London Business School | Mr. Engineering To IB
GMAT 770, GPA 3.43
London Business School | Ms. Private Equity Angel
GMAT 660, GPA 3.4
London Business School | Mr. Soccer Club
GMAT 730, GPA 3.3 (85th Percentile), First Class Standing.
London Business School | Ms. Audit Meme
GMAT 710, GPA 3.5
Stanford GSB | Mr. Healthcare AI
GRE 366, GPA 3.91
Chicago Booth | Mr. Corp Dev
GMAT 730, GPA 3.34
USC Marshall | Mr. Supply Chain Guru
GMAT GMAT Waiver, GPA 2.6
Chicago Booth | Mr. Non-Profit Latino
GMAT 710, GPA 3.06
INSEAD | Ms. Social Business
GMAT 750, GPA 4.0
Harvard | Ms. Risk-Taker
GRE 310 (to retake), GPA 3 (recalculated)
HEC Paris | Ms. Freelancer
GMAT 710, GPA 5.3
Harvard | Mr. Hedge Funder
GMAT 790, GPA 3.82
Harvard | Mr. Fresh Perspective
GRE 318, GPA 3.0
Kellogg | Mr. Danish Raised, US Based
GMAT 710, GPA 10.6 out of 12
Harvard | Mr. Green Energy Revolution
GMAT 740, GPA 3.4
Harvard | Mr. MPP/MBA
GRE 325, GPA 3.6
Harvard | Ms. Analytical Leader
GMAT 760, GPA 3.9
Stanford GSB | Mr. MBB to PM
GRE 338, GPA 4.0
Stanford GSB | Mr. Technopreneur
GRE 328, GPA 3.2
Berkeley Haas | Mr. Hanging By A Thread
GMAT 710, GPA 3.8
London Business School | Mr. College Dropout
Harvard | Mr. MBB Latino Engineer
GMAT 710, GPA 3.75
Stanford GSB | Ms. Top Firm Consulting
GMAT 710, GPA 3.7
INSEAD | Mr. Truth
GMAT 670, GPA 3.2
INSEAD | Mr. Powerlifting President
GMAT 750, GPA 8.1/10
Harvard | Mr. Mojo
GMAT 720, GPA 3.3
Ross | Mr. Law To MBA
GRE 321, GPA 3.77

Deans’ Salaries At Top Public B-Schools

Money man

For Richard Lyons’ sake, let’s hope he takes home paper clips – a lot of paper clips – from his job as dean of the U.C. Berkeley Haas School of Business. Otherwise, it appears the man’s compensation is far out of line with his school’s stature and expensive location.

Now, $424,100 a year is nothing to sneeze at. But Lyons, dean of a B-school ranked 10th in the U.S. by Poets&Quants, makes substantially less than deans at some other public-university schools lower down in the rankings. Consider Maryam Alavi, dean of the Georgia Institute of Technology Scheller College of Business, ranked 38th. She makes $550,000.

Or consider Alison Davis-Blake, dean of the University of Michigan’s Ross School of Business, who pulls down $597,212, the highest annual salary of any public university business school dean and nearly $175,000 more than Lyons. If you adjusted for the difference in the cost of living between Ann Arbor and Berkeley, Haas would have to pay Lyons more than $1.5 million a year to equal the pay of Davis-Blake.

Of course, these comparisons do not suggest that Alavi or Davis-Blake are overpaid for the high-stakes, high-stress jobs they do, or that Lyons is underpaid, even if he lives and works in one of the most expensive regions of the country. What the salary data show is that there’s little rhyme or reason to the pay of deans at the top 25 business schools in U.S. public universities.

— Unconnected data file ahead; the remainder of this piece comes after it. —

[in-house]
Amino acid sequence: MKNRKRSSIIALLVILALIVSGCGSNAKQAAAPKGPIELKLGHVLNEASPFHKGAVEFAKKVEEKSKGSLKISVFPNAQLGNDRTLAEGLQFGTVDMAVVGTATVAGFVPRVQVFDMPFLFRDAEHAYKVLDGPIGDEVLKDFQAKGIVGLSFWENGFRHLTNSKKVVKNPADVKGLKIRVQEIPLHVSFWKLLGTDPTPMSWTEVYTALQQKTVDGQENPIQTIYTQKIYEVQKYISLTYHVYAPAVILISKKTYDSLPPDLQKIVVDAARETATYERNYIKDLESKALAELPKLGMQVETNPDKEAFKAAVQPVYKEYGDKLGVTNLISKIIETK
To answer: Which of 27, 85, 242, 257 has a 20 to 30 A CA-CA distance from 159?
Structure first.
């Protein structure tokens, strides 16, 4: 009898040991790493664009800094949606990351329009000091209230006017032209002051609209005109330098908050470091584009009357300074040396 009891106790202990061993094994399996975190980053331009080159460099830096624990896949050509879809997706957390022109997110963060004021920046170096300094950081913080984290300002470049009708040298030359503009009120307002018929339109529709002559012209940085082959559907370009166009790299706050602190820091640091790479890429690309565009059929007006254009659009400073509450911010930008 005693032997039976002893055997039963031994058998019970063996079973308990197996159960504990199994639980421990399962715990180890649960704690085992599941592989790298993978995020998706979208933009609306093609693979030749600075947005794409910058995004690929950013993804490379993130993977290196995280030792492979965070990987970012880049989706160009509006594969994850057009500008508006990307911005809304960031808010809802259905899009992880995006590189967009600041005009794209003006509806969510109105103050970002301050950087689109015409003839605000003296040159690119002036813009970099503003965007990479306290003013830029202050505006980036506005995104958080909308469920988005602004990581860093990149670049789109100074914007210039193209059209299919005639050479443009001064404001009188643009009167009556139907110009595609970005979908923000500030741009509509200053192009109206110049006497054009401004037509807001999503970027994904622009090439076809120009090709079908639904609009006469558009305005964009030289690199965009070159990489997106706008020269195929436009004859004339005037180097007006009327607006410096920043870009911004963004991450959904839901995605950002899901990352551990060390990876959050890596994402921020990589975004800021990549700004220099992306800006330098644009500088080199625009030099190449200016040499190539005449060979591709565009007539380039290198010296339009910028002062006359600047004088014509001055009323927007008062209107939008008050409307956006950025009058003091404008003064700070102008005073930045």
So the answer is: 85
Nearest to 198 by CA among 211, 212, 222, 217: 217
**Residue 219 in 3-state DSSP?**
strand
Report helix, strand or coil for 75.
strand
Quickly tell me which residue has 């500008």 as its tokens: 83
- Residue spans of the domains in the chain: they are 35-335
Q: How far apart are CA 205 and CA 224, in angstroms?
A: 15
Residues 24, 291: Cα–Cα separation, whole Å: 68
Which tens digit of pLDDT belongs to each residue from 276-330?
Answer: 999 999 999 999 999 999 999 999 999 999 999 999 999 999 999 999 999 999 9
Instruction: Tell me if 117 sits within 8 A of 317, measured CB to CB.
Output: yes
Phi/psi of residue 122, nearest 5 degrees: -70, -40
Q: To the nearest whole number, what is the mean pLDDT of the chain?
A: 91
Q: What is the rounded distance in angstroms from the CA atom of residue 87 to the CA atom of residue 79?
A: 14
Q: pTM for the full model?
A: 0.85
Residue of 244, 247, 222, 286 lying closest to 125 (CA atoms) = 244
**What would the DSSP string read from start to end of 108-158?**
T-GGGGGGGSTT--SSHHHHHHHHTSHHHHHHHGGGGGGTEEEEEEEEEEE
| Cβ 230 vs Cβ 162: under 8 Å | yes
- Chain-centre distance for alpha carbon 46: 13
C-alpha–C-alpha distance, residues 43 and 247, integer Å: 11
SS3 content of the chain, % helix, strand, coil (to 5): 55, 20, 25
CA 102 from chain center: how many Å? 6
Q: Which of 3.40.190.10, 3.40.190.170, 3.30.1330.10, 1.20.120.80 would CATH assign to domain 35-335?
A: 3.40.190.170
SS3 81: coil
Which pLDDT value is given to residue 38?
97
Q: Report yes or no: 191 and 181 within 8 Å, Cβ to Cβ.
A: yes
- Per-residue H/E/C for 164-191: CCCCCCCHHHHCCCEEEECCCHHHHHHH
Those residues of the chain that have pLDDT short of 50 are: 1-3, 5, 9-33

Among the 20 schools from which Poets&Quants was able to obtain salary figures, the median dean’s salary was $431,563. Several schools do not make deans’ salaries public, so that median number may be slightly skewed by incomplete data.

U.C. Davis Graduate School of Management interim dean Ann Stevens

U.C. Davis Graduate School of Management interim dean Ann Stevens


The deans’ pay has little connection to cost of living. Lyons makes $424,100 in Berkeley, a city where the cost of living is 131% higher than the national average. Alavi makes $550,000 in Atlanta, where the cost is 3.2% below the U.S. average. At Ohio State’s Fisher College of Business in Columbus, dean Anil Makhija makes $444,450, in a city where the cost is 18% below the national average. At the U.C. Davis Graduate School of Management, interim dean Ann Stevens makes $285,000, in a city with living costs 73% higher than the U.S. average (the $394,639 salary of former Davis dean Steven Currall perhaps better reflected the living-costs reality in Davis).

However, those wishing to witness a true oddity can climb down the rankings all the way to the bottom, and keep going, then shovel aside the ignominious controversy that currently surrounds the Bloch School of Management at the University of Missouri-Kansas City. Here, we find what many would consider truly ridiculous examples of dean pay. The recently deceased former Dean Ten-Kee Tan, who presided over Bloch while it was submitting false rankings to the Princeton Review, made an annual salary of $500,000 from 2012 to 2014, in spite of the school’s absence from all major rankings. Current Bloch Dean David Donnelly earns $425,000, as much as Dean Douglas Shackelford makes as head of 18th-ranked University of North Carolina Kenan-Flagler Business School, located in Chapel Hill, where the cost of living is 28% higher than the average, compared to Kansas City, where it’s 6% lower.


Haas dean Richard Lyons

Haas dean Richard Lyons

Clamber back up into the rankings and keep going, up, up, almost to the very top, and you’ll find, for perspective, the private Harvard Business School, where Dean Nitin Nohria pulls in $662,054 for heading up one of the best business schools in the world and managing more than $650 million in annual revenues, in Boston where the cost of living is 61% higher than the national average.

In the following chart, we provide a list of the top 25 schools in public universities, each school’s ranking in the Poets&Quants top 100 MBA programs list, deans’ names, salaries, each dean’s amount of pay above or below the median, as well as the cost of living in the cities where the schools are located.

Any quants out there who find a pattern in this data are urged to provide it to Richard Lyons, who would likely buy lunch – just don’t be expecting a meal at Chez Panisse.